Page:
A Jewish Chronicle investigation has revealed that some kosher caterers appear to be overcharging customers for the services of a shomer by as much as three times — and falsely blaming the Kosher London Beth Din (KLBD) for the increased prices.
One customer said the caterers seem to simply “make up figures”.
The kosher authority, which supervises more than 40 catering companies, admitted that it has received reports of caterers attempting to exploit consumers by overcharging for the shomer, the person responsible for ensuring the food preparation is in accordance with kashrut laws.
The KLBD’s approach to these incidents has been to quietly inform the caterer what the kashrut fee should be. Senior figures within the industry said they were aware of the overcharging.
Mark Clyne, managing director of Celia Clyne Banqueting, said: “I’ve heard of it — I’ve heard of people making a profit on it.”
The solution was simple, he added: “The Beth Din should make it clear what the rates are.”
Three other caterers, who declined to be named, confirmed the practice went on. One, whose company caters around 100 events per year, was aware of “a lot of caterers” who bump up the shomer fee to extract more money from customers.
“One client, a traditional Jew, came to me from a different caterer,” the owner recalled, “and asked what our quote was. They said: ‘What is the kashrut fee; we know we need to pay one.’ I told them an amount, and they said: ‘We went to multiple people, and they said triple that amount.’ I showed them our costing chart, and they were shocked. They couldn’t believe it.”
The source added: “It’s true. A million per cent true, and I say to the people in charge of these companies: I don’t know what you’re doing, you’re scaring people away from kosher caterers by telling them it’s double or triple the price.
“I can’t believe what caterers are doing. It can be £2 per head, and they’re charging £6 or £7 per head instead.”
Another caterer under the KLBD’s supervision said: “I know it goes on. I don’t agree with it at all. It’s wrong.” Stephen Rosenthal, Google UK’s former head of social media and a JC columnist, asked several kosher caterers, to quote for a 12-person lunch to celebrate his mother’s birthday.
He was quoted a range of differing costs for the event, many in excess of the KLBD’s price. “When they quoted the fees it didn’t make sense, because they were different,” Mr Rosenthal said. “I thought it would be per head or per hour, but they seemed to be just making up figures. When I called the KLBD, they told me it was the caterers marking up prices.”
One of those contacted by Mr Rosenthal quoted £600 for the shomer fee and explained: “If I have to have a shomer at my base to prep and get this job ready, the shomer fee for the day would be, including that, around about £300. “I then have to have the shomer at the house where the function is being held, and the Beth Din will charge me a fee for that. So if you add it all together, including that, it would be close to £600.”
The standard practice across the industry is for the shomer to be hired by the Beth Din and supplied to the caterer. The Beth Din charges the caterer a fee for the shomer’s services, which the caterer passes onto the customer. The KLBD’s shomer fee is calculated through a formula involving the number of people attending the event, the venue, the nature of the work and the preparation time required. Prospective clients can find out how much the kashrut fee should be from the KLBD, but there is no published tariff. In response to the JC investigation, the KLBD said it was considering publishing its rate card.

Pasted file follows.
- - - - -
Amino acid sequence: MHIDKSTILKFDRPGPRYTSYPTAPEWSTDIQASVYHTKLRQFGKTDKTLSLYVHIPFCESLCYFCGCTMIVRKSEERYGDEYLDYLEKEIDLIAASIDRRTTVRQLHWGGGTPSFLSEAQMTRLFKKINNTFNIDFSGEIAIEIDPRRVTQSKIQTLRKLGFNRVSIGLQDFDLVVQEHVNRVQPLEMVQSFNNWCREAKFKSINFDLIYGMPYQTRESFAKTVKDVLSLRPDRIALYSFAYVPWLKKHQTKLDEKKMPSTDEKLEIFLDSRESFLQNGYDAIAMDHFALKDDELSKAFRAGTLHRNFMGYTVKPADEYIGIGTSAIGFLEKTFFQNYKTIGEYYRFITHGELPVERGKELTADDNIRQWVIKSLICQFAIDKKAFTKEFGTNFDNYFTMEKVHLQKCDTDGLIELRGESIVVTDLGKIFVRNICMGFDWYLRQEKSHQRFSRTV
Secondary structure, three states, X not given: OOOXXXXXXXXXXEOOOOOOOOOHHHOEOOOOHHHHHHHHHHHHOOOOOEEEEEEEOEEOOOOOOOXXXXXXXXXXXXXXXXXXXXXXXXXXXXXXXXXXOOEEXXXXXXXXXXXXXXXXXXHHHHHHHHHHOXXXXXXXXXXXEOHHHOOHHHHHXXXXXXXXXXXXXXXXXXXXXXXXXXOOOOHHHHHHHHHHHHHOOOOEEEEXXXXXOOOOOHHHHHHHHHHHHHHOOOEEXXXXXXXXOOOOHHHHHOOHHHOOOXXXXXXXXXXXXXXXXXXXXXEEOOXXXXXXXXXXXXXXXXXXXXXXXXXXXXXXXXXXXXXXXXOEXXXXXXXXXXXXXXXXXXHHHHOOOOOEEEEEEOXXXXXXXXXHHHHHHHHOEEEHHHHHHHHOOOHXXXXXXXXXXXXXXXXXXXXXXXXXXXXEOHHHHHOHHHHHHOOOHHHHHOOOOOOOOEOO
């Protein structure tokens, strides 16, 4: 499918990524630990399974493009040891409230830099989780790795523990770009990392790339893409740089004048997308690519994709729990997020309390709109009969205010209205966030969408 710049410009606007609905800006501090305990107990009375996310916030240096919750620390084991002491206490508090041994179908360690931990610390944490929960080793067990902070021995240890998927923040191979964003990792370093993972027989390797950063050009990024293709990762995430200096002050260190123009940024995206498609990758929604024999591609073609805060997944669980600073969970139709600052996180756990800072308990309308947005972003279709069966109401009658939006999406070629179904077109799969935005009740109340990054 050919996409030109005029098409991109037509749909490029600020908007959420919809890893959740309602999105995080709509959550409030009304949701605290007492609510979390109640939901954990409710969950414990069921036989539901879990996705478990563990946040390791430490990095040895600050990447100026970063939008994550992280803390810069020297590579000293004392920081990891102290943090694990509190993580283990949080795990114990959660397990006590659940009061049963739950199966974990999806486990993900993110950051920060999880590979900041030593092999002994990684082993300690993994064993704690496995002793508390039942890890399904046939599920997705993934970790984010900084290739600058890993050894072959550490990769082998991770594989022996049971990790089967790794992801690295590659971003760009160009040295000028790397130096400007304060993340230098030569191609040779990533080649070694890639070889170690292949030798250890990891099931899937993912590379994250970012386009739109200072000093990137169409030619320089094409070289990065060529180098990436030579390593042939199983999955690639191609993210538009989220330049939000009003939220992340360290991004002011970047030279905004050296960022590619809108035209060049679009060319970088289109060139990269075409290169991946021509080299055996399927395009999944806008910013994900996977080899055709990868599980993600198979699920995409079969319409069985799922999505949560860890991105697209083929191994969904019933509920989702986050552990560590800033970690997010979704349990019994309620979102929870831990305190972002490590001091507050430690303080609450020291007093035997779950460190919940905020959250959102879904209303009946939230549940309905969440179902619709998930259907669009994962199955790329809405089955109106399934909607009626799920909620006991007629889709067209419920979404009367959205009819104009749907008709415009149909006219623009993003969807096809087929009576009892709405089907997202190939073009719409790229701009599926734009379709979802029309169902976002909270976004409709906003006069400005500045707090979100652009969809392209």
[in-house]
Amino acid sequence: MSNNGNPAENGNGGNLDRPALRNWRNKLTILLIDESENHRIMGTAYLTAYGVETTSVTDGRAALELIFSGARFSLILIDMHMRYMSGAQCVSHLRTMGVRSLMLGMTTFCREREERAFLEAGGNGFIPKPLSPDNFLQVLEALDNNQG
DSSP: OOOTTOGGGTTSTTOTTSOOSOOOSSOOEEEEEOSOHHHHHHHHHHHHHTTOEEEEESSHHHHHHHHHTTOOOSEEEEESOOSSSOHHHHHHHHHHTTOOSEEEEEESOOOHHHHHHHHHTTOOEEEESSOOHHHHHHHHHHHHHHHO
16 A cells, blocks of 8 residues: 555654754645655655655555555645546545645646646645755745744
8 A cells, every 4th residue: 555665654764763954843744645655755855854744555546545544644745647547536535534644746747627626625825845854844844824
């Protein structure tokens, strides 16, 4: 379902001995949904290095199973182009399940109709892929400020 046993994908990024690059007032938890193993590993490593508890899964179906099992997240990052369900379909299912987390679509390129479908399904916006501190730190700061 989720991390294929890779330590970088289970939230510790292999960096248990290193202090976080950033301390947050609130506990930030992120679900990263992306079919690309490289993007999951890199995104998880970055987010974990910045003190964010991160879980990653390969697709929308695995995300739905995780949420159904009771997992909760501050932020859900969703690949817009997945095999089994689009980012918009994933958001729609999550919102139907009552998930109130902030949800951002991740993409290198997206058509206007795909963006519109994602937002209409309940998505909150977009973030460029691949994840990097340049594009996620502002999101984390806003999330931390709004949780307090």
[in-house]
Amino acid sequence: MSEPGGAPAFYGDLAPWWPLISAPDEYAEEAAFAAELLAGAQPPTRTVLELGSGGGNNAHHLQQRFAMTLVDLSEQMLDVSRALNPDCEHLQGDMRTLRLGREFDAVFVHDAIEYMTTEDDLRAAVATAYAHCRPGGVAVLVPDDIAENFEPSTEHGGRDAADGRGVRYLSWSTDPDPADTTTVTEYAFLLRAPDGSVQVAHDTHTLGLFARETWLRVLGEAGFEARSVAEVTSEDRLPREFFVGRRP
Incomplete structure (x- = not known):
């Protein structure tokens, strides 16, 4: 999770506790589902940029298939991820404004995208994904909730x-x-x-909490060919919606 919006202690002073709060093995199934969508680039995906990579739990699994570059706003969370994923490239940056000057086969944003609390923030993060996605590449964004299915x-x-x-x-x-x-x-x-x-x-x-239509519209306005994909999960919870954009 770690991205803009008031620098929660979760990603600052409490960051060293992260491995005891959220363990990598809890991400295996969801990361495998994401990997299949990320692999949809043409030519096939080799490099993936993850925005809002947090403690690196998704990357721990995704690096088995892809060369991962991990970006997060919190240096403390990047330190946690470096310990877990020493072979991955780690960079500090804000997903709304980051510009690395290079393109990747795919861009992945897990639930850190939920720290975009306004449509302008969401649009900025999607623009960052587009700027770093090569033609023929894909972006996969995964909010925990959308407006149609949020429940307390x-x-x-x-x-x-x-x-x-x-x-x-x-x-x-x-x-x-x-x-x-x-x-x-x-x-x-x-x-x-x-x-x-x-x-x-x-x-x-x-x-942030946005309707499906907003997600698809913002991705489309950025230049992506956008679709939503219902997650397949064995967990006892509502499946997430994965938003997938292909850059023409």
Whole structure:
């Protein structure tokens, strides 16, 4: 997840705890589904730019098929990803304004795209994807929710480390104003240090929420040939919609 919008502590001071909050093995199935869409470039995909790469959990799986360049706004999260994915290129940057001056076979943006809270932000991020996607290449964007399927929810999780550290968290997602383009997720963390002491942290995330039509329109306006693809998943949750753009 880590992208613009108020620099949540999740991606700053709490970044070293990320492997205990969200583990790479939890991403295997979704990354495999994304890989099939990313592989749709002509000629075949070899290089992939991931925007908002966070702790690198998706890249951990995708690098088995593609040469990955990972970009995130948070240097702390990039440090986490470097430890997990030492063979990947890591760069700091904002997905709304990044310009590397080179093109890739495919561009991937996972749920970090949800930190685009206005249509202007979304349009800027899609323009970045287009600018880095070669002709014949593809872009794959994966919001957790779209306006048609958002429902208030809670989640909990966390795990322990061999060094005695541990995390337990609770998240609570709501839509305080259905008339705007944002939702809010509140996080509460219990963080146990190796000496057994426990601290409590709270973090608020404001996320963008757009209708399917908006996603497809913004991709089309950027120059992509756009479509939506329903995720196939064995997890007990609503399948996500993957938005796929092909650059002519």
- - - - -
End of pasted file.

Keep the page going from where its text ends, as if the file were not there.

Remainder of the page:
A spokesman said: “We are upset to hear that there have been negative experiences… KLBD invoices the caterer who in many cases incorporates this cost into their event charge. In some cases, it is itemised separately. In any event, we would expect that the KLBD cost is handed on without any uplift or surcharge. “We would encourage members of the community to continue to get in touch with KLBD about kashrut fees.”
Neither the Manchester Beth Din (MBD), the Sephardi Kashrut Authority (SKA), nor the Federation of Synagogues Beth Din make their kashrut fees publicly available, though they did reveal amounts when asked by the JC.
The MBD quoted £2 per head for a function, £1.10 per head for a kiddush. The Federation quoted “£325 for a small event with one shomer; £690 for a large one with two shomrim.”
The SKA has seven different rates, charging from £224.40 for an event with up to 50 people to £1080 for over 450 people.
The SKA says it plans to put more information online about its kashrut fees in the next month, while an MBD spokesman said it would consider publishing its rate card online.
A KLBD spokesman said: “On occasion, we are notified that other costs may have been added by suppliers whom we then contact to ensure they are aware of the correct fees.
“If we are notified that fees have changed or are incorrect we follow-up with the supplier. We trust our caterers to give accurate kashrut fees.”
One experienced shomer, who did not want to be named, said he was unaware of the practice of marking up. “There is a distinction between front of house, where the managers are, and where the kitchen staff are. They have their world, and we have ours,” he said.